“Due to public strikes, the Musée du Louvre is not able to be open for now. We thank you for your understanding,” Paris’ best-known museum wrote on Twitter last Monday.
In fact, strikes and protests continue in France against President Emmanuel Macron’s reform of raising the retirement age from 62 to 64.
“The Mona Lisa is on strike,” the CGT union of the National Library of France has written on social media instead.
Perhaps the world’s most famous work of art, symbol of the Louvre and summary of Leonardo’s painting, the Mona Lisa now becomes a Manifesto of the French people. The Mona Lisa is on strike too.
An emblematic work that has always aroused interest, fascination, but above all curiosity. Talking about the Mona Lisa is almost too obvious. Everything has been said about this work, perhaps even too much. Is it probably the self-portrait of Leonardo da Vinci in the guise of a woman? Why the almost mocking smile? Her gaze, her hands. Where does the Mona Lisa sit? On a perch known popularly as a bucket chair?
Walter Horatio Pater – essayist and founder of Aestheticism in the 19th century – states that “the painting depicts a figure suspended in an incessant exchange between the here and now and some otherworldly realm beyond.” How many mysteries behind this work of art. How many? Is the Mona Lisa really Leonardo’s masterpiece?
In the Denon Wing – the same wing where the portrait of Lisa Gherardini del Giocondo, known as the Mona Lisa, is located, but in room 710 – another extraordinary work by Leonardo da Vinci is preserved: The Virgin of the Rocks.
Huge caves open behind the three figures from which peaks appear to fade into the mist. Leonardo da Vinci chose to set the work in a recognizable Lombard landscape: the Grotta di San Giovanni Battista di Laorca, a cave located just above Lecco. In those years, at the end of the 15th century, the Tuscan genius was at the court of Ludovico il Moro.
The scene depicts a rocky landscape characterized by flowers and plants in an aerial perspective made through the sfumato. A painting technique for softening the transition between tones so that the figures participate in a chromatic and chiaroscuro atmosphere. In the distance a waterway. In the center Mary with Child and St. John. Rocky spurs and groups of bristling rocks frame the scene. The peaks of Val Di Calolden and Grigna can be recognized, and then again Sasso Cavallo and Sasso Carbonari.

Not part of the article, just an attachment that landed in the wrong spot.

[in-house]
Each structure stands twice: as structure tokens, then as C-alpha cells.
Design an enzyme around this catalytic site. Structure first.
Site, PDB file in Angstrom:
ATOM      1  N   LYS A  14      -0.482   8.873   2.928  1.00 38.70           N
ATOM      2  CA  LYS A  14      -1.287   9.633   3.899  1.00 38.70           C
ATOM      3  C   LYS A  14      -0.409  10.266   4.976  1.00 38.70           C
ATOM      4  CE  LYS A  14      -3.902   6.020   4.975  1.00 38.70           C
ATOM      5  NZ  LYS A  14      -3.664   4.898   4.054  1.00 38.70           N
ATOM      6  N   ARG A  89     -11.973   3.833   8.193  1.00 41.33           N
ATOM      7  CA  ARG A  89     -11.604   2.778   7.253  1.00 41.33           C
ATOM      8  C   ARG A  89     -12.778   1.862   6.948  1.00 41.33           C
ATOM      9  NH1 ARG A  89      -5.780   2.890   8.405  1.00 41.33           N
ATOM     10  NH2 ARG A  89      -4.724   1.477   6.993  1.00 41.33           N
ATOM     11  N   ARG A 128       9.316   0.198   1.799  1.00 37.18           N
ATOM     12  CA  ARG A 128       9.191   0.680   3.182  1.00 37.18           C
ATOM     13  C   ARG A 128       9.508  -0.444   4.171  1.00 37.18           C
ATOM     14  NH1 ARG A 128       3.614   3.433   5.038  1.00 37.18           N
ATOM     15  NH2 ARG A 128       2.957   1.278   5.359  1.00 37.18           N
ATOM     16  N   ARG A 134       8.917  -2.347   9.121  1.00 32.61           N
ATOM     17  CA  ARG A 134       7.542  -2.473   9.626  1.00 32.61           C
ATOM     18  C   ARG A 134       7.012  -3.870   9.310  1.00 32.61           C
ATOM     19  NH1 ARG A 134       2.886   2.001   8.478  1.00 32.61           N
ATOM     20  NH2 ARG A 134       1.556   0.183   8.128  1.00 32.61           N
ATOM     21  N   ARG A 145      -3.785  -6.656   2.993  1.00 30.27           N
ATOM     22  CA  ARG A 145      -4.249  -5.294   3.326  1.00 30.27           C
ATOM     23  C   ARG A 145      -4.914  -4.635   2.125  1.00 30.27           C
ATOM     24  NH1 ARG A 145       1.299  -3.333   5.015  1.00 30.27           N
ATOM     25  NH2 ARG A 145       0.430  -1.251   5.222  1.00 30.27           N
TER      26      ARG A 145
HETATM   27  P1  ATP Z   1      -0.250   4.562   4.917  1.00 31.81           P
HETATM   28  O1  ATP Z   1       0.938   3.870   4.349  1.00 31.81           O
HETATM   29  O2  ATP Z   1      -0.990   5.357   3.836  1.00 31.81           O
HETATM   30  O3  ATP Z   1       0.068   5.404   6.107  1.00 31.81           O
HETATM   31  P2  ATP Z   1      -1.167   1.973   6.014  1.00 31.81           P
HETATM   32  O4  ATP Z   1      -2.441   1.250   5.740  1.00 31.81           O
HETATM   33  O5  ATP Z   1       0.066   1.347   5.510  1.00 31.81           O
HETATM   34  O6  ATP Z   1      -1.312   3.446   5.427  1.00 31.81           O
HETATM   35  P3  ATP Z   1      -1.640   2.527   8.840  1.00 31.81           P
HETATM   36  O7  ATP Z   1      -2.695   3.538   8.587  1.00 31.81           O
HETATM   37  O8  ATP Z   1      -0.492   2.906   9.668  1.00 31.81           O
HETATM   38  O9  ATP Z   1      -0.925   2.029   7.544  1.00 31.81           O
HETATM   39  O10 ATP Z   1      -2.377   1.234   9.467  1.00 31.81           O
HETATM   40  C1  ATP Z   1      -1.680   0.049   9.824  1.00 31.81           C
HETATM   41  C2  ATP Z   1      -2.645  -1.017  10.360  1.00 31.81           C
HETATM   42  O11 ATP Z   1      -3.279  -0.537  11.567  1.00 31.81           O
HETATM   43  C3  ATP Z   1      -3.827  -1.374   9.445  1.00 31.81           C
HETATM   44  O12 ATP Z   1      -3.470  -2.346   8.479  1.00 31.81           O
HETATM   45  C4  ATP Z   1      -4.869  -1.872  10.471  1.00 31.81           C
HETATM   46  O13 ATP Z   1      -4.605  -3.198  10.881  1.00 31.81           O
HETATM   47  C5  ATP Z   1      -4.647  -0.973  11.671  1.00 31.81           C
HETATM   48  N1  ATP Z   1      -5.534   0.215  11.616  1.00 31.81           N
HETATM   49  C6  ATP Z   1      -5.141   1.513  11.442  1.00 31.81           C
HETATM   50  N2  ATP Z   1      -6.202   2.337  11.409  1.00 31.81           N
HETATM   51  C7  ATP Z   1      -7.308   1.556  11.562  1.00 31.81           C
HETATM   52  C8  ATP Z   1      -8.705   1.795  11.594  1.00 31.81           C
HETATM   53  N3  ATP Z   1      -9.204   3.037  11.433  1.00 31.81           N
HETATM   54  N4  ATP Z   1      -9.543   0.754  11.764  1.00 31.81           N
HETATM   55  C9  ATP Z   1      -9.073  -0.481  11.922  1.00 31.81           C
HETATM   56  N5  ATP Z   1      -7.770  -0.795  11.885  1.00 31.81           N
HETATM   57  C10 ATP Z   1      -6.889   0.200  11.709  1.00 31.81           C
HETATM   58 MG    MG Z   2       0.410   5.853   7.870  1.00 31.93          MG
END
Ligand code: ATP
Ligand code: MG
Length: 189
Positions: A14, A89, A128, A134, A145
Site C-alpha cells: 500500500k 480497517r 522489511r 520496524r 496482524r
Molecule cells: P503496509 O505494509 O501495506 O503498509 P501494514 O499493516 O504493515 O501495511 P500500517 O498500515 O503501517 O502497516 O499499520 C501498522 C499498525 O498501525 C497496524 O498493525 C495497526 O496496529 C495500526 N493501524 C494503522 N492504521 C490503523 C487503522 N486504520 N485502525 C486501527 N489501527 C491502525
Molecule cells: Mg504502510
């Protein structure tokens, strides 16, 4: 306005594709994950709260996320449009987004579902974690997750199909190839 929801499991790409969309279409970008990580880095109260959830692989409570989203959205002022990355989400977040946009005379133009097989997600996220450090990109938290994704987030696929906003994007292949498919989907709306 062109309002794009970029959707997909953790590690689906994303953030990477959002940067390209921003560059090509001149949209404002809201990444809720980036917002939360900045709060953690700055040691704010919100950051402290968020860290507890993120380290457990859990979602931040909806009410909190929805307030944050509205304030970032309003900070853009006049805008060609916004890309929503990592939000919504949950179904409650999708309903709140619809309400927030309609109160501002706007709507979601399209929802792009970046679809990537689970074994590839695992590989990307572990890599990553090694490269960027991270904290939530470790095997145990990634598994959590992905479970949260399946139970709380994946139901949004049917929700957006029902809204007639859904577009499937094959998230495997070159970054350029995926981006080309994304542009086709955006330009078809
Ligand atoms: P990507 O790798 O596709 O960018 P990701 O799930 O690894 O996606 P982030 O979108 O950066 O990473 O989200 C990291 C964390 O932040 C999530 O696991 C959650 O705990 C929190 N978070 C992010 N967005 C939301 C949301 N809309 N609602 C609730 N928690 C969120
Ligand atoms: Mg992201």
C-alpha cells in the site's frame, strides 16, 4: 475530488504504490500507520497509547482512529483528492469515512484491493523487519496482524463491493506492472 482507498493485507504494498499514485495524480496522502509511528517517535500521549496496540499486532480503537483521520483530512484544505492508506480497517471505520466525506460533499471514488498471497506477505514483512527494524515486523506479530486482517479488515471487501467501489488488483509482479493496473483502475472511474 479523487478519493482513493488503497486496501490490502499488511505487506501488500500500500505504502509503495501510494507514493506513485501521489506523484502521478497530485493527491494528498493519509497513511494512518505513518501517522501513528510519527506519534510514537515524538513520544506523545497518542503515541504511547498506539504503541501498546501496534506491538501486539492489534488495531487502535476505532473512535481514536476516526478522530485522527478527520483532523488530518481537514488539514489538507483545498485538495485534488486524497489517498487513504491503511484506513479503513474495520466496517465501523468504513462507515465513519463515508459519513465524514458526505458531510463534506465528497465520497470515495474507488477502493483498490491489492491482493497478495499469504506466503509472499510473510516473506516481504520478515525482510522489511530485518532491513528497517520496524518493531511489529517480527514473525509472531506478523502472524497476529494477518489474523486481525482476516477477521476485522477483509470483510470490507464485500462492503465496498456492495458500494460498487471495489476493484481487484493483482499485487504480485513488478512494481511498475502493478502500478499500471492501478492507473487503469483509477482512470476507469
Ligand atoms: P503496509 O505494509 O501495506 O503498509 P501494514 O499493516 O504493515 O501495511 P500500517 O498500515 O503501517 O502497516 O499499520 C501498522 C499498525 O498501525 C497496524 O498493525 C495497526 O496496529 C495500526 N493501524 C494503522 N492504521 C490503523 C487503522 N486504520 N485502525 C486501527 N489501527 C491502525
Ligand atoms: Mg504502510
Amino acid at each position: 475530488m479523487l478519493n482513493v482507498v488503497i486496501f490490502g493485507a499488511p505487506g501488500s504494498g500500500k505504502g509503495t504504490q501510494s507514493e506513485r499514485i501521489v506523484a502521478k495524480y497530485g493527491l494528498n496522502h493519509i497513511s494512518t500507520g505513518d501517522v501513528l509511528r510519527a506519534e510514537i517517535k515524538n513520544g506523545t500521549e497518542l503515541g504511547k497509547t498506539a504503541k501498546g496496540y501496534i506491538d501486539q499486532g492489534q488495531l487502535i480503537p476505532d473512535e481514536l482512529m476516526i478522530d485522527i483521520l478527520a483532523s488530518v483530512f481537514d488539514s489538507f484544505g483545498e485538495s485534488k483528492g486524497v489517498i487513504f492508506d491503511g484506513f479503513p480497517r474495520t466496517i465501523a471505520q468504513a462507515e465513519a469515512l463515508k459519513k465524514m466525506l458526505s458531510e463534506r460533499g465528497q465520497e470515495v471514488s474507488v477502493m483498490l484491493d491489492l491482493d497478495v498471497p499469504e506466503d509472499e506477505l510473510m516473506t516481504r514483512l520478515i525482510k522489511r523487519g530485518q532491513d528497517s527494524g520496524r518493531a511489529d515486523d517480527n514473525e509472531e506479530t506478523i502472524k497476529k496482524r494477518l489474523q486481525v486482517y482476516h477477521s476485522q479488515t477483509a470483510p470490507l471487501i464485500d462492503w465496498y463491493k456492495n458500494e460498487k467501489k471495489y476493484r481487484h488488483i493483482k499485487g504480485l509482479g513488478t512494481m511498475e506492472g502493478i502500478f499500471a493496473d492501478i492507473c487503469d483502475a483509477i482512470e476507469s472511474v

The Virgin of the Rocks is an extraordinary historical/geographical testimony, but above all a testimony to the exceptional artistic technique of the Tuscan genius.
Leonardo himself wrote in his treatise on painting (1490-1529), “If the painter wishes to see beautiful things which will enchant him, he is able to beget them; if he wishes to see monstrous things which terrify, or grotesque and laughable things, or truly piteous, he can dispose of all these; if he wishes to evoke places and deserts, shady or dark retreats in the hot season, he represents them, and likewise warm places in the cold season. If he wishes valleys, if he wishes to descry a great plain from the high summits of the mountains, and if he wishes after this to see the horizon of the sea, he can do so,” Yet another sibylline message is Leonardo’s?
It was March 31, like today, but in 1889, and even then, the streets of Paris were crowded. However, everyone was waiting for the inauguration of the tallest building in the world: the Eiffel Tower. Another symbol of Paris, and of France as a whole, the most famous tower in the world that after two years, two months and five days, finally towered over the Ville Lumiere, just a few steps from the Louvre via Quai d’Orsay.
France is on strike and so is the art.
Opening image: Mona Lisa, Leonardo da Vinci, 1503-1506 ca., Louvre Museum, Paris. Photo via wikipedia (crop)